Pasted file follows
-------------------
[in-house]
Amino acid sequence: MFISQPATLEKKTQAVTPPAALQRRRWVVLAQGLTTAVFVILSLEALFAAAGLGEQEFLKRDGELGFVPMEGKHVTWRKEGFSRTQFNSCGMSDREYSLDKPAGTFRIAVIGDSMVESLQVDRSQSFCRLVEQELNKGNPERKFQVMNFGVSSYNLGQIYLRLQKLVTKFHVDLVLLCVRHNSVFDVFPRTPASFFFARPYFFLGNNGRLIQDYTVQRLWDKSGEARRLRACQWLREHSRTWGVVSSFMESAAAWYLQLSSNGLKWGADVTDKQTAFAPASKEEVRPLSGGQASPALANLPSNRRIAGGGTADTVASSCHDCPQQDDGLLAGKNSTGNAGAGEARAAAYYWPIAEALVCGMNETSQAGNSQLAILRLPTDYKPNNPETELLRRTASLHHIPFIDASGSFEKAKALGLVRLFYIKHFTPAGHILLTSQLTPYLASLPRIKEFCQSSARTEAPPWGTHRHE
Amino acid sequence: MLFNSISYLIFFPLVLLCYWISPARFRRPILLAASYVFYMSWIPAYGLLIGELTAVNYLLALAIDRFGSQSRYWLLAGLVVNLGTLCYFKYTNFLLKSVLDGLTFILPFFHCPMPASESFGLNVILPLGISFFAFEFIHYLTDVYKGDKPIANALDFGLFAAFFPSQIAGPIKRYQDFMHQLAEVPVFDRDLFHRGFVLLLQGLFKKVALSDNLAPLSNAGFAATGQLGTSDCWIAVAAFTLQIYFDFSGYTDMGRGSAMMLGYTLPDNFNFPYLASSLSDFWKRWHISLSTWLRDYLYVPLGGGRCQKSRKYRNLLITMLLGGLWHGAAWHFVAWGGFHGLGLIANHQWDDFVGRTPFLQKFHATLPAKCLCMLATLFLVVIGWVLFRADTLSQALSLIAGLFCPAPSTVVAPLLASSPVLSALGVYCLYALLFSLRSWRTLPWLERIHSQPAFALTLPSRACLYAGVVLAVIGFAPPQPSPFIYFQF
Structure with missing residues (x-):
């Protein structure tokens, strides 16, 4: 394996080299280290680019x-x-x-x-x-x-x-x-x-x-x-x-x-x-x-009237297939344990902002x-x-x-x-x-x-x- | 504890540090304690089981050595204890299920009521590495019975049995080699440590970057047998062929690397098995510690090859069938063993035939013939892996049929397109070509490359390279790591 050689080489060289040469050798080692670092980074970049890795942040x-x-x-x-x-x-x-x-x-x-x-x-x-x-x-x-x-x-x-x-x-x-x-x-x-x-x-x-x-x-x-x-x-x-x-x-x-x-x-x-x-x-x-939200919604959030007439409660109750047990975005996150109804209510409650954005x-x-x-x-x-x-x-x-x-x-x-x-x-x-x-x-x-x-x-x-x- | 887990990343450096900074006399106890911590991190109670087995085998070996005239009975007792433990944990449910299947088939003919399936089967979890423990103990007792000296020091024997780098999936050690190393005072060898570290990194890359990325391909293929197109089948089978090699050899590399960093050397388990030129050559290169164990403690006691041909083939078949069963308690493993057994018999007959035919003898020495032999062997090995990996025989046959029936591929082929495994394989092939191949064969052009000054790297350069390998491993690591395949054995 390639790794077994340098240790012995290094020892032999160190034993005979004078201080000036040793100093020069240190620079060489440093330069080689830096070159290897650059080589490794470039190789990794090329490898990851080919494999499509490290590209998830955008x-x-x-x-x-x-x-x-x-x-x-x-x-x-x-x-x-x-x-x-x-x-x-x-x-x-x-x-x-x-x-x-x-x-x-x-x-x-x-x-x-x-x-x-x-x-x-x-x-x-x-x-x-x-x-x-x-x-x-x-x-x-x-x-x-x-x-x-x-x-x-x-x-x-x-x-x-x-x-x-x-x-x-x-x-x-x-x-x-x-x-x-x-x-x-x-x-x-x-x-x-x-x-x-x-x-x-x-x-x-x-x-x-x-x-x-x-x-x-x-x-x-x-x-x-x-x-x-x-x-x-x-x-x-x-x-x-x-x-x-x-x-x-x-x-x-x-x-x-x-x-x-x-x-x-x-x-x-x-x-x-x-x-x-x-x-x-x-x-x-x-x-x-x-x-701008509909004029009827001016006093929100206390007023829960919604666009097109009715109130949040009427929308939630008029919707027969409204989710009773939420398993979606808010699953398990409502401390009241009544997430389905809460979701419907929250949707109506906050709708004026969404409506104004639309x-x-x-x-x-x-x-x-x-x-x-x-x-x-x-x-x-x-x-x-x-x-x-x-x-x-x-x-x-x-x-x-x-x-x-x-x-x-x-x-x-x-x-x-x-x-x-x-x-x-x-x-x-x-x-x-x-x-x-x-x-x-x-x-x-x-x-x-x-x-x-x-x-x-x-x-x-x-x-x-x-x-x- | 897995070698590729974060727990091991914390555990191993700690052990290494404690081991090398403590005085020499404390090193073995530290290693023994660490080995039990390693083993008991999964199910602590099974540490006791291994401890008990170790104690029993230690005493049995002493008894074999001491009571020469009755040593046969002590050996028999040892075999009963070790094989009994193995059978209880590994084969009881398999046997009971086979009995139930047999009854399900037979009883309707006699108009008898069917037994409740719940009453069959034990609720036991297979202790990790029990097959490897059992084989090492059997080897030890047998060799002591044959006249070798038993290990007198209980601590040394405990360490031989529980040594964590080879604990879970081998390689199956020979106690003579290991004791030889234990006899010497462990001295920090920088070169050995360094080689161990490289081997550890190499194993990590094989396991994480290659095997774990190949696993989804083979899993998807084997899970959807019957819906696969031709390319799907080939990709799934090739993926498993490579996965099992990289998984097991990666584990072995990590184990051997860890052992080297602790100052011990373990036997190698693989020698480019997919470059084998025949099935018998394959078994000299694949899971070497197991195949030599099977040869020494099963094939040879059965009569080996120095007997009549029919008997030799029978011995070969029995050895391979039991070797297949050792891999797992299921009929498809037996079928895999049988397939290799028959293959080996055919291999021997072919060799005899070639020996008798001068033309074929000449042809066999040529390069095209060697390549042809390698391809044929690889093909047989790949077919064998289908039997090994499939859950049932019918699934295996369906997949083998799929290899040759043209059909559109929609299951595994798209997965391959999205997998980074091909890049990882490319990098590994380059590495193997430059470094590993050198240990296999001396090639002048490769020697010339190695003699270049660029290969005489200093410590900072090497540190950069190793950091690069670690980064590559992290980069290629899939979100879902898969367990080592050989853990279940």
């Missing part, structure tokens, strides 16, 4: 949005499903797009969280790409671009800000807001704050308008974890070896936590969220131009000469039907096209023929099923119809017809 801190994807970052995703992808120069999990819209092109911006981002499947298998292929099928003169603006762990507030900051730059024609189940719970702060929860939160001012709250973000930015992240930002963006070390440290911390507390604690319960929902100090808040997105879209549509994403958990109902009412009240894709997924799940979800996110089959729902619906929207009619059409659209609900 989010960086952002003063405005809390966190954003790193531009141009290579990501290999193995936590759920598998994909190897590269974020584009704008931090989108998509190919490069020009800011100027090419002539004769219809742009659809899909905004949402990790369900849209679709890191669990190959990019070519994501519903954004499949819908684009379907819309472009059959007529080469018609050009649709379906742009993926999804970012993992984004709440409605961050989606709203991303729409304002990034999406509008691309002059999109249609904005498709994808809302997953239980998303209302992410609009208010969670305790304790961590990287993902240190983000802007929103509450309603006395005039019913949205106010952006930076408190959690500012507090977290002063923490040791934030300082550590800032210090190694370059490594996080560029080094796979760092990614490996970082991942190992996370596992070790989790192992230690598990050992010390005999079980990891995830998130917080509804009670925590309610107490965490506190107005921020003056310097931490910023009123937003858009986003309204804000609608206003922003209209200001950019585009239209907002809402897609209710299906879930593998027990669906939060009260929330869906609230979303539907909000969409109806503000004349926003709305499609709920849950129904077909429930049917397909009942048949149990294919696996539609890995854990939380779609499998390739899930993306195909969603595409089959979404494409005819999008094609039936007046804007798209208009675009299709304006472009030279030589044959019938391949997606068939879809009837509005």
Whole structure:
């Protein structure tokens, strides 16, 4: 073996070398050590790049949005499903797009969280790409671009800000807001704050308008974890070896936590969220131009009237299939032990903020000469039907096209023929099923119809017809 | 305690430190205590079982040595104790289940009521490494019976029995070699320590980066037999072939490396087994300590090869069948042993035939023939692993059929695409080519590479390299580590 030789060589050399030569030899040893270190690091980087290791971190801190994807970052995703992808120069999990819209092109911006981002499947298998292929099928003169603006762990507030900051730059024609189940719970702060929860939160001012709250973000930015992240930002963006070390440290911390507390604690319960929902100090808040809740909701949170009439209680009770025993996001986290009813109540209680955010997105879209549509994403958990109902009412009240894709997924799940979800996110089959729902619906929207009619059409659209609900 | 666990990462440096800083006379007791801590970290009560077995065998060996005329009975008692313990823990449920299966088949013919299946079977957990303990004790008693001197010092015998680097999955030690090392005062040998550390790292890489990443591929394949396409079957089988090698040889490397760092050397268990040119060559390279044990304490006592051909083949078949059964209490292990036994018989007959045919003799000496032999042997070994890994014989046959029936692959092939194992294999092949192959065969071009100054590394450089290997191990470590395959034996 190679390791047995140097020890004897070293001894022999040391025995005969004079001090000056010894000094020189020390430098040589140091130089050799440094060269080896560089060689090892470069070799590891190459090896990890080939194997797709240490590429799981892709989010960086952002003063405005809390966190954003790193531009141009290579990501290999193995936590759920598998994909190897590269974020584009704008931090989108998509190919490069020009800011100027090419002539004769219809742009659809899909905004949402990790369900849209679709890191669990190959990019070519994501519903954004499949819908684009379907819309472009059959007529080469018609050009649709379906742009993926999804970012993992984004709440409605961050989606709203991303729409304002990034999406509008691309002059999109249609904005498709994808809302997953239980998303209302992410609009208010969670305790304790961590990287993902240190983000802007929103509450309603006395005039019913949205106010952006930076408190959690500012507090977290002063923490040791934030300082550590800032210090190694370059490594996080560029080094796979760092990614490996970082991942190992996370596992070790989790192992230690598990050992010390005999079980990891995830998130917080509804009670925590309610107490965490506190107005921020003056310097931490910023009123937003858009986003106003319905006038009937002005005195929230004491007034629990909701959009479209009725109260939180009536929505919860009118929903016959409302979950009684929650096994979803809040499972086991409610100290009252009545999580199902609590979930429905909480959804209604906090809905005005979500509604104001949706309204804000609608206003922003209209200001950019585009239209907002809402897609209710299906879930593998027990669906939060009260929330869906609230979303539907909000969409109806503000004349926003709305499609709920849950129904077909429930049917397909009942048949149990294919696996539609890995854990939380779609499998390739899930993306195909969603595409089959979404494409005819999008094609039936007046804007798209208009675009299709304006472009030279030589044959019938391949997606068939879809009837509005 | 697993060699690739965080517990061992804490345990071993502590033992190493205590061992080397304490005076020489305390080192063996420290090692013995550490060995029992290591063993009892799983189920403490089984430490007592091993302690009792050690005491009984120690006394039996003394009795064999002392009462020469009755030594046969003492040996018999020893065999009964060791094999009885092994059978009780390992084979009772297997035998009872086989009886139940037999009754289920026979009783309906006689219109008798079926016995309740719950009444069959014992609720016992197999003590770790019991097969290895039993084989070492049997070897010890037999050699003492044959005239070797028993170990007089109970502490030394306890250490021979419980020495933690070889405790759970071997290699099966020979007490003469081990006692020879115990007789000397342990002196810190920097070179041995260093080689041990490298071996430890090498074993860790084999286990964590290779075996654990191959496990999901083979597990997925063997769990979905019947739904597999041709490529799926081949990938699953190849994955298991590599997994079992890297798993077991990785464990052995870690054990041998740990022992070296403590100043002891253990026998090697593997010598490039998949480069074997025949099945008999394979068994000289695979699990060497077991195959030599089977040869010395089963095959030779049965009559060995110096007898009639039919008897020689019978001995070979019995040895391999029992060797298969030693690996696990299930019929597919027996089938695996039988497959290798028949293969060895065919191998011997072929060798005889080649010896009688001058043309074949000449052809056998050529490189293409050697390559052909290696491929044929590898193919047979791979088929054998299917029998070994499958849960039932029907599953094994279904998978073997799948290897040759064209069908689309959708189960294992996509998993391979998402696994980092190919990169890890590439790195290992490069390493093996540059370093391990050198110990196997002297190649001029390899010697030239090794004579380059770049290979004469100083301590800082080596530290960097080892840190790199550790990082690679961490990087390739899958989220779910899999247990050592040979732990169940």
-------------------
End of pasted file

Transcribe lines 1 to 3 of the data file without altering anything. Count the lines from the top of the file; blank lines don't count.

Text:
[in-house]
Amino acid sequence: MFISQPATLEKKTQAVTPPAALQRRRWVVLAQGLTTAVFVILSLEALFAAAGLGEQEFLKRDGELGFVPMEGKHVTWRKEGFSRTQFNSCGMSDREYSLDKPAGTFRIAVIGDSMVESLQVDRSQSFCRLVEQELNKGNPERKFQVMNFGVSSYNLGQIYLRLQKLVTKFHVDLVLLCVRHNSVFDVFPRTPASFFFARPYFFLGNNGRLIQDYTVQRLWDKSGEARRLRACQWLREHSRTWGVVSSFMESAAAWYLQLSSNGLKWGADVTDKQTAFAPASKEEVRPLSGGQASPALANLPSNRRIAGGGTADTVASSCHDCPQQDDGLLAGKNSTGNAGAGEARAAAYYWPIAEALVCGMNETSQAGNSQLAILRLPTDYKPNNPETELLRRTASLHHIPFIDASGSFEKAKALGLVRLFYIKHFTPAGHILLTSQLTPYLASLPRIKEFCQSSARTEAPPWGTHRHE
Amino acid sequence: MLFNSISYLIFFPLVLLCYWISPARFRRPILLAASYVFYMSWIPAYGLLIGELTAVNYLLALAIDRFGSQSRYWLLAGLVVNLGTLCYFKYTNFLLKSVLDGLTFILPFFHCPMPASESFGLNVILPLGISFFAFEFIHYLTDVYKGDKPIANALDFGLFAAFFPSQIAGPIKRYQDFMHQLAEVPVFDRDLFHRGFVLLLQGLFKKVALSDNLAPLSNAGFAATGQLGTSDCWIAVAAFTLQIYFDFSGYTDMGRGSAMMLGYTLPDNFNFPYLASSLSDFWKRWHISLSTWLRDYLYVPLGGGRCQKSRKYRNLLITMLLGGLWHGAAWHFVAWGGFHGLGLIANHQWDDFVGRTPFLQKFHATLPAKCLCMLATLFLVVIGWVLFRADTLSQALSLIAGLFCPAPSTVVAPLLASSPVLSALGVYCLYALLFSLRSWRTLPWLERIHSQPAFALTLPSRACLYAGVVLAVIGFAPPQPSPFIYFQF